Collections Budget Funding

Message from the Dean of the University of Houston Libraries

Our collections budget funds scholarly purchases and subscriptions to support the University’s teaching and research mission.

Traditional collections funding models are unsustainable for two primary reasons:

  1. Continued demand for traditional scholarship formats (books, journals, databases) grows alongside the demand for new formats (datasets, streaming media), putting a strain on library budgets
  2. Each year, publishers charge an average of 5-7% more for the same materials as the year before, requiring either annual library budget increases or difficult decisions

The COVID-19 crisis has had dramatic financial impacts around the world. In the U.S., state funding has declined, and universities expect further cuts, which will impact library budgets.

These problems are not unique to UH. Like many libraries worldwide, our librarians work to provide access to essential scholarship while responsibly balancing our budget. Our goal is to raise awareness of the unsustainable costs of scholarly publications as well as changes to publishing, such as open access.

We need to adopt new long-term approaches that work for our campus community. We need to engage our stakeholders throughout this year. We will communicate with campus throughout this process. Please contact us directly with questions and concerns.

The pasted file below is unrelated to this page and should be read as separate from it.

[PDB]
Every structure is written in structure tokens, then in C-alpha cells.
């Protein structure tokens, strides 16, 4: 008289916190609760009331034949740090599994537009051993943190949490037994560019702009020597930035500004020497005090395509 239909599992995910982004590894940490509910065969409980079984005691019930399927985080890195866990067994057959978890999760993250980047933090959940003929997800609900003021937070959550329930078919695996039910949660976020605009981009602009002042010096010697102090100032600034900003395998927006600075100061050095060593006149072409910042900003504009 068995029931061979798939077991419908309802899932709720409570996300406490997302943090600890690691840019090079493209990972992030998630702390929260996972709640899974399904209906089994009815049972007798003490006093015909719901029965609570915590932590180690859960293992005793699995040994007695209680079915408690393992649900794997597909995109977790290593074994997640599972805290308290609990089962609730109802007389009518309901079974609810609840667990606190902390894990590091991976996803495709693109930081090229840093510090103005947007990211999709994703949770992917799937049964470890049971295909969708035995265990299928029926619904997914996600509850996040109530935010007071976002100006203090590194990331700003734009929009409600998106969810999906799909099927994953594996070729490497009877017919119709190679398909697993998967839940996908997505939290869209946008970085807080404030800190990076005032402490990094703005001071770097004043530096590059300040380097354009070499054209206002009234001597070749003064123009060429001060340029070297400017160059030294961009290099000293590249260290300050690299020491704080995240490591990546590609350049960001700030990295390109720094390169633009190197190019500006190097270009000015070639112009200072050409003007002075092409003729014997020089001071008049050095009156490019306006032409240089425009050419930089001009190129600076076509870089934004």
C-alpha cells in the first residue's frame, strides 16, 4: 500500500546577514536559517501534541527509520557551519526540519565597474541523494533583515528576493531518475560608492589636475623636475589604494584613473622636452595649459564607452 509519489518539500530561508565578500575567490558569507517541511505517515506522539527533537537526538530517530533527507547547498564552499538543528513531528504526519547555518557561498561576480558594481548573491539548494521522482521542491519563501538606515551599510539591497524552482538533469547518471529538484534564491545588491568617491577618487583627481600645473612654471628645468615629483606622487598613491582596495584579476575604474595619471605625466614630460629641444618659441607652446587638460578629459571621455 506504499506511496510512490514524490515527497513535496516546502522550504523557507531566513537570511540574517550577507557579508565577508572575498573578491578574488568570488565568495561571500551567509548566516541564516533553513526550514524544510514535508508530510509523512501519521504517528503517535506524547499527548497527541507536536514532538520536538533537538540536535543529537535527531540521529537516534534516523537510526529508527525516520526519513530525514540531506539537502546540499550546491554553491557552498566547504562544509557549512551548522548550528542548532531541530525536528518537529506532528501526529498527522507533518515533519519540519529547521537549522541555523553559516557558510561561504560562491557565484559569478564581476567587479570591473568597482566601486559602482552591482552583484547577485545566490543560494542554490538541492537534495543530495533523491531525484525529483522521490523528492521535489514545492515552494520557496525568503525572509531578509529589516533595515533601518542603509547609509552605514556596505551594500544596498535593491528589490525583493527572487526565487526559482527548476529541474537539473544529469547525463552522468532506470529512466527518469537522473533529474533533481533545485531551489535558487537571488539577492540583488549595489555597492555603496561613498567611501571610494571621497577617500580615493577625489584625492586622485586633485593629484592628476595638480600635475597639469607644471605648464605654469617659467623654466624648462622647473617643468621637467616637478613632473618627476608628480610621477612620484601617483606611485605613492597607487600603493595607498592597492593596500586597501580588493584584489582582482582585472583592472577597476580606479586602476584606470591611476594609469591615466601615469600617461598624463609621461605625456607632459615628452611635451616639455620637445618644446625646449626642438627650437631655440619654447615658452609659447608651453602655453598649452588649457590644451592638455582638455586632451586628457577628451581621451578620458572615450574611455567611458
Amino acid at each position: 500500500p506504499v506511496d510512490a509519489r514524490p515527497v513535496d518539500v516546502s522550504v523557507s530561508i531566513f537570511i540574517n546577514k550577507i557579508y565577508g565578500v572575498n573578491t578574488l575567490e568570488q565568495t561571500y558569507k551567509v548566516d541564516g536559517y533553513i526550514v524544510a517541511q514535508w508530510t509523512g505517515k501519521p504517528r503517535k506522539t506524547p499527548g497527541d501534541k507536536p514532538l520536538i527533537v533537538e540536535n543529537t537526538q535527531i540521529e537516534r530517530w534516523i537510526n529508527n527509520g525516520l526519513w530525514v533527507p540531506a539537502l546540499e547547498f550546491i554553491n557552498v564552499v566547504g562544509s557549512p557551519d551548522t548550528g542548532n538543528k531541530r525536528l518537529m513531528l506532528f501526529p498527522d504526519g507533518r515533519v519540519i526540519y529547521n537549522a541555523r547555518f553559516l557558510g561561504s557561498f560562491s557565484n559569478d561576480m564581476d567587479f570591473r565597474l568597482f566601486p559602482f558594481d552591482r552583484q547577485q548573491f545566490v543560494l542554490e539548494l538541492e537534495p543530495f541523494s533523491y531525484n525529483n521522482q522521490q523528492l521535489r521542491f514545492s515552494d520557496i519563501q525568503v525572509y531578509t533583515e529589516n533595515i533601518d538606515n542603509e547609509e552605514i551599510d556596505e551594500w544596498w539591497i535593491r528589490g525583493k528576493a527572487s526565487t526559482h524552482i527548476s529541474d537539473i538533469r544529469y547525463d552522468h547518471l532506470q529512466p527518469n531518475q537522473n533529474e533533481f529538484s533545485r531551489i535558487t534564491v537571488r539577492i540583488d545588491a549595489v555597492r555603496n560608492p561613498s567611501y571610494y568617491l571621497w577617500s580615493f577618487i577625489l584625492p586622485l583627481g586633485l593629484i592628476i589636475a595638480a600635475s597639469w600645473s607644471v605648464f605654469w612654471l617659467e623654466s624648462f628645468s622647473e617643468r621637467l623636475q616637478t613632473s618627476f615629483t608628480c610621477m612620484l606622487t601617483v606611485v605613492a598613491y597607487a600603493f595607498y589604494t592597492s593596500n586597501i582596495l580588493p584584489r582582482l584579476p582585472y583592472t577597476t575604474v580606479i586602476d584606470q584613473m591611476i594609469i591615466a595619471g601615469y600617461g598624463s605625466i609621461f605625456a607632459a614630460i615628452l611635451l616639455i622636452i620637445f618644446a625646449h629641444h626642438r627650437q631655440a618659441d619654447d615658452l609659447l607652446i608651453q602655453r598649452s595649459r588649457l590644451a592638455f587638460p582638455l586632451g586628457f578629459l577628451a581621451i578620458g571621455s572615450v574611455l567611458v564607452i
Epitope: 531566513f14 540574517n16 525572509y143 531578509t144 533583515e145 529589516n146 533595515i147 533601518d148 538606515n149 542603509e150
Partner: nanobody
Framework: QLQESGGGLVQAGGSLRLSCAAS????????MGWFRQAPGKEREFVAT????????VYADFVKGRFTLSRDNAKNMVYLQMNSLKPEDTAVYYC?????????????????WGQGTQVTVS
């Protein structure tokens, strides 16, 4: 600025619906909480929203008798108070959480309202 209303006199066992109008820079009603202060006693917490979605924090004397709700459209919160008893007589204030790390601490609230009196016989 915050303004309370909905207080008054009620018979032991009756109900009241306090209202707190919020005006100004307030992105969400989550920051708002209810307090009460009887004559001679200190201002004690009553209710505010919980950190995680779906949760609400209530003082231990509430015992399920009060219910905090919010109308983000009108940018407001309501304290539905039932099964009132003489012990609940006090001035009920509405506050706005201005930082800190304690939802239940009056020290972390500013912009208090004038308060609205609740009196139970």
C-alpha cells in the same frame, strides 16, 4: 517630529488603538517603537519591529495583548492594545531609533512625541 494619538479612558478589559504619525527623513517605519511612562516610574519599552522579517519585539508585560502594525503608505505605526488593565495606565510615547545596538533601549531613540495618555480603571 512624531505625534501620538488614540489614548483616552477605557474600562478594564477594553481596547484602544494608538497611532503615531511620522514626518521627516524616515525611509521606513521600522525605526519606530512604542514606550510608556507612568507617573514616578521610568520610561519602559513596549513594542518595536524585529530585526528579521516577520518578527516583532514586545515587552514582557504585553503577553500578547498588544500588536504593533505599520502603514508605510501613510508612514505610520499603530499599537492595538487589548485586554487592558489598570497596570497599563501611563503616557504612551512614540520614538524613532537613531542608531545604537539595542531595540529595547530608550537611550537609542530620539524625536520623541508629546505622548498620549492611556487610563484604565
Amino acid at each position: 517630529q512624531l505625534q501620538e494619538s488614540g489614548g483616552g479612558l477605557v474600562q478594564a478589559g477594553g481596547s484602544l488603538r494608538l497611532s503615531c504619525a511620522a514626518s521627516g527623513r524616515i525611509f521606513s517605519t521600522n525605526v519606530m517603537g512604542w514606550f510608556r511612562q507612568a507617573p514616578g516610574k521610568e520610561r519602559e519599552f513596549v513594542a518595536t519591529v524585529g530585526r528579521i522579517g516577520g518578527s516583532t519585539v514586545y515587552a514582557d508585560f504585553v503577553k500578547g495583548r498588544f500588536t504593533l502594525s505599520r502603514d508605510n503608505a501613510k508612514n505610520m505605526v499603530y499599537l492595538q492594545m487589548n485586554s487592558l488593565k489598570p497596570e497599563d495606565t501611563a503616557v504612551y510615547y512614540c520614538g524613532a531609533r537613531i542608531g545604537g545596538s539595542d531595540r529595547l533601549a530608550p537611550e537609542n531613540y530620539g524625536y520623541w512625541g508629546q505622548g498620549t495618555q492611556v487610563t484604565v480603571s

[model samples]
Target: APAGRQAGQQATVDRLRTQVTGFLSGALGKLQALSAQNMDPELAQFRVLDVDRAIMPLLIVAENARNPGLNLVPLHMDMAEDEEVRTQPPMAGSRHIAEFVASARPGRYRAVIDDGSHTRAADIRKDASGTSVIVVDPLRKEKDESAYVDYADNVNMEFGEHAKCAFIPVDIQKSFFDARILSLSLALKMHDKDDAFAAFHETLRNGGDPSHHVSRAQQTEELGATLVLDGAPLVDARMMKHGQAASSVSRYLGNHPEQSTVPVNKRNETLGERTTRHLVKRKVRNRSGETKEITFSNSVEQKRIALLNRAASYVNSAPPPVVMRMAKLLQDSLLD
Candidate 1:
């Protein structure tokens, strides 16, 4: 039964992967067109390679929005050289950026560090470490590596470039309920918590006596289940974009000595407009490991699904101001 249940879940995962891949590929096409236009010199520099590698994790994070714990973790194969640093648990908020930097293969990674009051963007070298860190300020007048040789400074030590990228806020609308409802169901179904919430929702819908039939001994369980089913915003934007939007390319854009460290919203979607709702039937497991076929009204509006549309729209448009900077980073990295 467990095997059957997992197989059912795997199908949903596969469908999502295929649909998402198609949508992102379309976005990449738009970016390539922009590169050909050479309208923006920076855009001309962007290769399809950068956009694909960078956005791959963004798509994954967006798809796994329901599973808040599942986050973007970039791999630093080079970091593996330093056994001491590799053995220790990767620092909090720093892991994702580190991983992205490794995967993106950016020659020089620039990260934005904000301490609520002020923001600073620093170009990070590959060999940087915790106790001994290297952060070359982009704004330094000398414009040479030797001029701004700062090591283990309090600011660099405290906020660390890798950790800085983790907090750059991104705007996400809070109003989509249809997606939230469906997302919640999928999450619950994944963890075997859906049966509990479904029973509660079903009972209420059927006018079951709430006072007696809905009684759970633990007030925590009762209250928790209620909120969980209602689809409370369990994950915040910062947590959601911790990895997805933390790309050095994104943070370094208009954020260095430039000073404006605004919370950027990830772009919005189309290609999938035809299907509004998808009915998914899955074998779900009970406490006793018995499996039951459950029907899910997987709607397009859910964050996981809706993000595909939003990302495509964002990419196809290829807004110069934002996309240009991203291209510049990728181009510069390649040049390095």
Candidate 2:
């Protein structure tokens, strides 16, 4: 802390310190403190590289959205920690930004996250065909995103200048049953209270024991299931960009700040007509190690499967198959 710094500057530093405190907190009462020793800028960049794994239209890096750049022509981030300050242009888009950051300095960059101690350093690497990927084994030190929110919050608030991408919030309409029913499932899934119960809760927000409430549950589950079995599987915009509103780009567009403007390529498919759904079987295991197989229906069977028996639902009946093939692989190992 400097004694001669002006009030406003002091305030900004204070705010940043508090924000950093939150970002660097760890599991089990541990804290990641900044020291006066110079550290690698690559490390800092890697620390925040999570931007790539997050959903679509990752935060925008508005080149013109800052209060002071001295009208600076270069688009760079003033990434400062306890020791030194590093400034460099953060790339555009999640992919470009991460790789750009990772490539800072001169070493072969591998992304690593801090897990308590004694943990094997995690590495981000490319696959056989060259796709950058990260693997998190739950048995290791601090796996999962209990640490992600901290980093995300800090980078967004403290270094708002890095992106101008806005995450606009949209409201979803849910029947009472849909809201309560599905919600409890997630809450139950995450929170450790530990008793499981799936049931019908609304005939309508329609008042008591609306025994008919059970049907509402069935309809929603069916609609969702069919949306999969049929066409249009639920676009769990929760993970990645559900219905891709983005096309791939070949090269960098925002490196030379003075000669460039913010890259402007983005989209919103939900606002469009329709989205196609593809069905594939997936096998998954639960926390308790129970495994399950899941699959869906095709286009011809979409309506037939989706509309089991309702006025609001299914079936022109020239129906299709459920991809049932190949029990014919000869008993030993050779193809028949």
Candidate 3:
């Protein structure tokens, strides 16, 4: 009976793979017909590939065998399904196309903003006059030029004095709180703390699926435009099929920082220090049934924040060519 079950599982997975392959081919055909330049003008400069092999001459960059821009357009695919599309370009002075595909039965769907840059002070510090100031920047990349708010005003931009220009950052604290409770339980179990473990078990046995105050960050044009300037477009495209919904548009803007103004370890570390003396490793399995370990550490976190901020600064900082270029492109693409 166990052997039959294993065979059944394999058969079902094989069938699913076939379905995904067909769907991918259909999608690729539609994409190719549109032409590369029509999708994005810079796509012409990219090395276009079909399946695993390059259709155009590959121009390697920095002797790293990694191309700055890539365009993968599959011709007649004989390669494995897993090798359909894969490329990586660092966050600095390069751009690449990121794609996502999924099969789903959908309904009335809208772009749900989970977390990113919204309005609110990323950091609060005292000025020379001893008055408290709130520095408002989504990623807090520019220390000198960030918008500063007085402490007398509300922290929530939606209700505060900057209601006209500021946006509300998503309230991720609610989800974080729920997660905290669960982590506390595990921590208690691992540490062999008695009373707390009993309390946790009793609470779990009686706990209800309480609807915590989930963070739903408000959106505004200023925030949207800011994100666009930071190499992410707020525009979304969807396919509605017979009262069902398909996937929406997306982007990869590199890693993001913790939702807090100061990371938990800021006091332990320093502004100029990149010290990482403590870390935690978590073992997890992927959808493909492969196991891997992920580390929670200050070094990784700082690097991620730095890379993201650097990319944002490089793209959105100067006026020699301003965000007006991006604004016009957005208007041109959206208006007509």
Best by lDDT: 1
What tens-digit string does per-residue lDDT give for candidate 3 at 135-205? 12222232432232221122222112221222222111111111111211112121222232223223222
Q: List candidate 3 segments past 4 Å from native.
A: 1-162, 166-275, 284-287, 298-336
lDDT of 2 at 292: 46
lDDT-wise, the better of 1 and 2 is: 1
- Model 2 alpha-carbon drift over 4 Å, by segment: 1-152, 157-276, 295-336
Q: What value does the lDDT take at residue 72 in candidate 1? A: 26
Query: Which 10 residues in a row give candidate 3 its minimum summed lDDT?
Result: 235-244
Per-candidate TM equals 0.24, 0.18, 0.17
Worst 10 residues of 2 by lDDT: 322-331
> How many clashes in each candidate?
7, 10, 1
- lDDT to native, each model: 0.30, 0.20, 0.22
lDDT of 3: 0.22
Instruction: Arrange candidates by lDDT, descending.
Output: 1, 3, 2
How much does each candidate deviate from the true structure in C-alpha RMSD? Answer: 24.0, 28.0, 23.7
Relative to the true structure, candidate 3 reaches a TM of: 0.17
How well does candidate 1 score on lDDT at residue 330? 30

About the Texas Library Coalition for United Action
Frequently asked questions about collections
Suggested readings about collections

Global landscape

Libraries and universities worldwide are working to maintain current resources while also filling new requests.

Common problems in scholarly communications and access include:

  1. There are 5-7% annual price increases for journal and database subscriptions. Budget difficulties from rising costs and rising needs have led libraries to reconsider subscription packages (“big deals”) from large commercial publishers
  2. Publishers are increasing the number of journals being produced. For example, since 2005, Nature journals (published by Springer/Nature) have more than doubled from 20 to over 40
  3. There are newer publication formats that did not exist 5 or 10 years ago. Data resources, including datasets, data resources, and tools for analysis, are integrated into many academic programs. Multiple disciplines have needs for streaming media resources for films, documentaries, and clinical skills videos
  4. Researchers, funders, and librarians are working collaboratively to make more materials open access. The open access movement has already led to radical changes in scholarly publishing. This work has been accelerated by several factors, including the immediate need for research about COVID-19. Learn more about open access

UH strategies

Libraries worldwide are changing strategies for scholarly publication access.

At UH, we too are making changes to managing our collections budget, including:

  1. Determining renewal priorities for existing subscriptions by considering use data, university priorities, and alternative access options
  2. Investing in term-limited, not perpetual, subscriptions when appropriate. For example, we may subscribe to a journal for a specified period to support a research project
  3. Purchasing books primarily upon request, rather than buying them in anticipation of need
  4. Cost-sharing with requesting departments for new resources when possible, increasing our ability to acquire new resources
  5. Purchasing through consortial partnerships to negotiate bulk-pricing subscription discounts. We are part of two consortia: